disarticulation amputation through a joint
traumatic amputation accidents: motorcyles, cars, farm machinery, firearms, explosives, electrical equip, power tools, frostbite; most common reason for upper extremity amputation; young men b/c of occupational hazards
disease amputation vascular disease major reason for lower extremity amputation, PVD, DM, arteriosclerosis
auto amputation a limb, most often a toe, self-amputates itself without surgery
amputation due to tumor large or invasive, frequently in adolescents but can occur at any age, 1/3 of these indiv are 11-20 yo
amputation due to congenital defects absent or deformed limb at birth; surgery can be performed to convert a deformed limb to a more functional one that can be fitted with prosthetic device
pulse volume recording volume of blood flow to an extremity; aka plethysmography
surgical management of the pt aims for amputation at the lowest level that will still preserve healthy tissue and favor wound healing
closed amputation to create a weight bearing residual limb or stump; a long skin flap with soft tissue and muscle is positioned over the severed end of the bone and sutured in place
open amputation severed bone or joint is left uncovered; actual or potential infection exists; left open for 5-10 days; staged or guillotine amp
when can amputee bear weight on prostheses approx 3 months after amputation
preop nursing care of amputee routine: see chapter 17
preop assessment of amputee determine if the pt has ever had phlebitis, varicosities, thromboses, emboli or stasis ulcers in either the affected of unaffected extremities;
poor blood supply is indicated by cool, cold, clammy, mottled skin that is pale or cyanotic
postop care of amputee priorities: pain relief, restored mobilization, avoidance of complications; most common postop problems: hemorrhage, edema, infection, pain
hemorrhage is greatest danger early postop; early signs are restlessness and increasing pulse and resp; late signs are hypotension and cyanosis
bright, red bleeding after amputation is not normal; if observed apply pressure over existing dressing, elevate residual limb and notify surgeon immed.; a large BP cuff may be placed at the bedside for use as a tourniquet
sympathectomy done to relieve pain of amputation
neuroma severed nerve endings attempt to regenerate
incision should appear dry, intact and only slightly red
the residual limb is bandaged to promote healing, shrink and shape residual limb to a tapered, round smooth end that will fit the prosthesis
shrinker socks maintain compression but they are expensive and it is difficult to find the right size and length
pillows can be placed under BKA but not continuous b/c it can cause contractures of the hip; use low rather than high fowlers
massage residual limb after the 5-7th postop day to promote circulation
position after lower extremity amp prone with head turned away from affected side, if allowed for part of the day, prevents hip contractures
phantom limb pain described as burning, crushing, stinging pain; tx: TENS, diversion, massage, anesthetic, properly fitting dressing, beta-blockers, benzos, antidepressants,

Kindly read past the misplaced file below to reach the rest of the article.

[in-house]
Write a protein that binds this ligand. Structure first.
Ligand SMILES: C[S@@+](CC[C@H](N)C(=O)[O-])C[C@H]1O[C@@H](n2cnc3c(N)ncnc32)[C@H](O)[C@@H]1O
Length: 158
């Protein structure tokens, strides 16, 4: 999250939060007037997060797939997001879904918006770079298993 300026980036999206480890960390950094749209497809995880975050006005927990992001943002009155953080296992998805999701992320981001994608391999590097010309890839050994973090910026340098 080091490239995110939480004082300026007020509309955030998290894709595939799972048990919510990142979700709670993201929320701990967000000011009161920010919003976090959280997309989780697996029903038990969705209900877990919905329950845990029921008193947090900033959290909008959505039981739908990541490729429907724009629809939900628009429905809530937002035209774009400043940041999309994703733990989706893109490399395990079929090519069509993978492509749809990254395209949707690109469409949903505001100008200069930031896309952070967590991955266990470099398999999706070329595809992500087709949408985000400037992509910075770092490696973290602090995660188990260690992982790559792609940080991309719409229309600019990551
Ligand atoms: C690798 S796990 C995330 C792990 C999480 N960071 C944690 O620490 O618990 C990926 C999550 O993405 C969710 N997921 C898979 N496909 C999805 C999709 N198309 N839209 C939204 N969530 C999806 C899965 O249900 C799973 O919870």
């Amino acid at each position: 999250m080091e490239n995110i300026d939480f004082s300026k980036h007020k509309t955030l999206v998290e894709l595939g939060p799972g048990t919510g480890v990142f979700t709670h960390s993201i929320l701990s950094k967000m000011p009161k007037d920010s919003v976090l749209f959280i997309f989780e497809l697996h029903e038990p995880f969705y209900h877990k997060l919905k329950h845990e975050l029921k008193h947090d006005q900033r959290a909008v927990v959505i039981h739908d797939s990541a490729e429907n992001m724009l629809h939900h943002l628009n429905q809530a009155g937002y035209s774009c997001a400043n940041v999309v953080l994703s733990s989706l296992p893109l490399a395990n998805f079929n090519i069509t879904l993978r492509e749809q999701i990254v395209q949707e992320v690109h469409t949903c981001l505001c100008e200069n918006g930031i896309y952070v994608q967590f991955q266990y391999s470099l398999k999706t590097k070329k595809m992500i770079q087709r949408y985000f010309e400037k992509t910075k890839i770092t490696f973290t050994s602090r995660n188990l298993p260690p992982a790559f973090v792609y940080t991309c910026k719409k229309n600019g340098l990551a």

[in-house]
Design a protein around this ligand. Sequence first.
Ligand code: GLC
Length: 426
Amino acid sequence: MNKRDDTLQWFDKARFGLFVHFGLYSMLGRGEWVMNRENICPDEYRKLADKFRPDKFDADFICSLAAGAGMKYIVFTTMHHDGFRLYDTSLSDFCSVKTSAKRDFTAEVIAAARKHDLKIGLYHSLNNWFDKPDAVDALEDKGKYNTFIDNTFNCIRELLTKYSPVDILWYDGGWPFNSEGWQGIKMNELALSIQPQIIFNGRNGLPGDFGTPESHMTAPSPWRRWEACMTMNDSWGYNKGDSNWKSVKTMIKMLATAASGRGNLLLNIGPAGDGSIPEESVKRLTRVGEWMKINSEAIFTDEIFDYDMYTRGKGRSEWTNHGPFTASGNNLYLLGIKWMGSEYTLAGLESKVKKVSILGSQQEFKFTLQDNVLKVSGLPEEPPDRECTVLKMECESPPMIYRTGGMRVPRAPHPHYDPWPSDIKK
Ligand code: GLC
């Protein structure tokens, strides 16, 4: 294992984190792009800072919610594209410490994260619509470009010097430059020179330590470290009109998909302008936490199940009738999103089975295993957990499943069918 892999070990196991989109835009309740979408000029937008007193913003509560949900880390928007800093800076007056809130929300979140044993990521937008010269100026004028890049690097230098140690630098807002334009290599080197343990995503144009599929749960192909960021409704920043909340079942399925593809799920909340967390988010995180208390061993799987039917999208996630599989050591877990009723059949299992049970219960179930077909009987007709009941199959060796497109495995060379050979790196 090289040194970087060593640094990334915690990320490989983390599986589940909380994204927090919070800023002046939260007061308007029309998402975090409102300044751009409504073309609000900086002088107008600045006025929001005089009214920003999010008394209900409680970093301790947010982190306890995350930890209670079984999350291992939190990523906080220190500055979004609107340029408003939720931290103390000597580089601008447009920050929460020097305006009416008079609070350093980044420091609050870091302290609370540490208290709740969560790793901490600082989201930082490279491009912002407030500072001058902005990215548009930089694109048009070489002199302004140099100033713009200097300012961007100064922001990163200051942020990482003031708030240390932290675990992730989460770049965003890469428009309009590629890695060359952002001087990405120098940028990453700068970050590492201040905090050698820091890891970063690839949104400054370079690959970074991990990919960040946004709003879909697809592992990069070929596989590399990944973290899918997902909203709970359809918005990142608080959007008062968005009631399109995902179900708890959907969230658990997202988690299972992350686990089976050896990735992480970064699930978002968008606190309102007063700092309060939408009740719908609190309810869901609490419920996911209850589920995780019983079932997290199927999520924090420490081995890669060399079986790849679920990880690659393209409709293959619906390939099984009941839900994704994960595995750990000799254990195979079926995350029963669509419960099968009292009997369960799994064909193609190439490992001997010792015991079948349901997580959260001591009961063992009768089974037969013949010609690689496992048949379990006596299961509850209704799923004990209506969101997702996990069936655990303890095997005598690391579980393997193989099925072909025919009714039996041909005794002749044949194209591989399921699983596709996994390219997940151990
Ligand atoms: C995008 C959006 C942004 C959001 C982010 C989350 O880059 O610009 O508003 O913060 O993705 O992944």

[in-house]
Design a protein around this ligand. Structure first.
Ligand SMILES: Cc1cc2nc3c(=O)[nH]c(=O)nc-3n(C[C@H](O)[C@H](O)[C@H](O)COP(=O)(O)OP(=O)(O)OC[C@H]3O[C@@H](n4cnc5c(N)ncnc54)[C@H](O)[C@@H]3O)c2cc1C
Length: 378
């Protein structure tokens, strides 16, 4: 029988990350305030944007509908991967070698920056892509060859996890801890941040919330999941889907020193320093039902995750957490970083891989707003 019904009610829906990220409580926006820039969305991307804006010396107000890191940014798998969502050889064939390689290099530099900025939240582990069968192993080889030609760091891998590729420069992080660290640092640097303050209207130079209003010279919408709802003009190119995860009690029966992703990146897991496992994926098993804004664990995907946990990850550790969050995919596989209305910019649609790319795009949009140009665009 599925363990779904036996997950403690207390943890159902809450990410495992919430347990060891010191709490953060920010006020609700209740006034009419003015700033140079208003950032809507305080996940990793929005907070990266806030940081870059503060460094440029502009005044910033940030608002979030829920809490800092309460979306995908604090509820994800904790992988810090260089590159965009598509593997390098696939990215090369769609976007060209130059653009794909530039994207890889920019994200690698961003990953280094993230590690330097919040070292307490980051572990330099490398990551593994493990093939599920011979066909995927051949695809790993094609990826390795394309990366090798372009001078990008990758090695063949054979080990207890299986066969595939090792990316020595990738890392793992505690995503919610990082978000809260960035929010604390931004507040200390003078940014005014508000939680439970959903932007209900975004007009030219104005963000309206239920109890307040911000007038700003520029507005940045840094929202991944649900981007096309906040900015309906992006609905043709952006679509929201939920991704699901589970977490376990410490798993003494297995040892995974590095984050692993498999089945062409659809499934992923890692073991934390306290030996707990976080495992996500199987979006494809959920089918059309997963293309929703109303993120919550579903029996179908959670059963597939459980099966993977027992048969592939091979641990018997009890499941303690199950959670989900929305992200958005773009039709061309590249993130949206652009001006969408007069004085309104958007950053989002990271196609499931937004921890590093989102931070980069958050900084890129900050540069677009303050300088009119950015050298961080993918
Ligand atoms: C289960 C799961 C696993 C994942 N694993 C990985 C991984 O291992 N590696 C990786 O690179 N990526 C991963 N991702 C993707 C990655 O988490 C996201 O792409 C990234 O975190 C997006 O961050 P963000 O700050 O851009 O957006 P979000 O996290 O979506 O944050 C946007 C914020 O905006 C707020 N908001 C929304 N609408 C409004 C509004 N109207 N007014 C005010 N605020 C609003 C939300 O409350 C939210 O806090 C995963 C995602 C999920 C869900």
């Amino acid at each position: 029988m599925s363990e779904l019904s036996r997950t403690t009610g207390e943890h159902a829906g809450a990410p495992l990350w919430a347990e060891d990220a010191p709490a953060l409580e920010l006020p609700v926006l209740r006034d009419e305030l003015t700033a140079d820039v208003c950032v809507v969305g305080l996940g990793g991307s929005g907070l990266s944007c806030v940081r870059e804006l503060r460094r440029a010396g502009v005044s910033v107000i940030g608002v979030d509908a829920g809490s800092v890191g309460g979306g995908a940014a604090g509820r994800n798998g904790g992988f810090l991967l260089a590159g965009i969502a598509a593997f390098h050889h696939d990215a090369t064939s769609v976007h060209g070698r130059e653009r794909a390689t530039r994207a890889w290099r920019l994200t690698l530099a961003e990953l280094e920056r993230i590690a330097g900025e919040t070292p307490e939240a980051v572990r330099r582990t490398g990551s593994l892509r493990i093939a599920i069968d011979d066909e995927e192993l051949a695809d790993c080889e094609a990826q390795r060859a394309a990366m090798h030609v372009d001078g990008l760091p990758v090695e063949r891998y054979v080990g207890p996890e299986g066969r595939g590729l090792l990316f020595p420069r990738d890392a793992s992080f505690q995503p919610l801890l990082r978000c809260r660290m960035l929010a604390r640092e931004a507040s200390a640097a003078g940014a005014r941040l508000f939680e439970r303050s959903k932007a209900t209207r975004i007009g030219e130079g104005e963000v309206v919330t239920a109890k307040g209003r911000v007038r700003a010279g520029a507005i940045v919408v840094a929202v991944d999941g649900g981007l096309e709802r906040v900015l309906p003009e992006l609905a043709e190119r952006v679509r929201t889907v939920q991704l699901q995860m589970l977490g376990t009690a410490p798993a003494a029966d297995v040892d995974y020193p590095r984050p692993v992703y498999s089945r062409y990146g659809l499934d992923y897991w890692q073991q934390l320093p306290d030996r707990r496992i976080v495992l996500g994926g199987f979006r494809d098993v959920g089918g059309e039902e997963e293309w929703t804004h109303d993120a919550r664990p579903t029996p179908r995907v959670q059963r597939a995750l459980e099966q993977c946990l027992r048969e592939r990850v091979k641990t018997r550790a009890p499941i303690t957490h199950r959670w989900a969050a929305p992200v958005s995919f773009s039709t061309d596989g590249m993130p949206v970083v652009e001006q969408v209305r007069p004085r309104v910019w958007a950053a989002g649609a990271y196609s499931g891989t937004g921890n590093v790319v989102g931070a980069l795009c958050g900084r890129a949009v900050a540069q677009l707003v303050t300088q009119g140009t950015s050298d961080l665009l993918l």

after lower extremity amp safe mobility is a priority goal: prevention of contractures
a typical activity order for amp pt to be assisted out of bed two or three times per day for one hour at a time
disturbed body image emphasize ways to adapt to the loss and, if the pt wishes, to conceal it; counsel family and friends to support the pt and not to encourage excessive dependence
consideration for older adult amputee high calorie, high protein intake; empathy, patience and respect are essential in approaching older adults
reanastomose reconnect
amputations above the wrist not usually feasible b/c of the extensive tissue, muscle, and bone damage accompanying the injury
the greater the muscle mass injury the less likely that replantation will be possible
signs of arterial occlusion pale or blue color, slow cap refill, shriveled appearance, coolness
signs of venous congestion cyanosis, rapid cap refill, edema, warmth
massive edema accompanies replantation
measures to promote circulation elevation of limb, do not elevate above the level of the heart b/c this might impair arterial flow;
microvascular precautions avoid substances and conditions that contribute to blood vessel spasm or constriction; abstain from caffeine and nicotine for 7-10 days, maintain room temp at 80 degrees to prevent compensatory vasoconstriction of peripheral tissue, loosen tight or restrictive gowns or pjs
if evidence of inadequate arterial circulation to replanted limb medical emergency; notify provider and prepare pt for surgery
leeches saliva contains anticoagulant, local vasodilator and local anesthetic agent
pulmonary toilet attempts to clear mucus and secretions from the trachea and bronchial tree by deep breathing, incentive spirometry, postural drainage, and percussion; same thing as physiotherapy
0.45% NS is given for a pt that has experienced excessive water loss
advantage of PICC over other central catheters easier insertion cost savings reduced risk of infection less traumatic to vein no restriction of arm movement
opening created to drain contents of an organ stoma
surgical procedure to creates an opening into the body structure ostomy
which gait is used with a walker modified swing to
type of gait pattern used with bilateral lower extremity prostheses two point
canes should be held on the unaffected side
Created by: nursingTSJC2013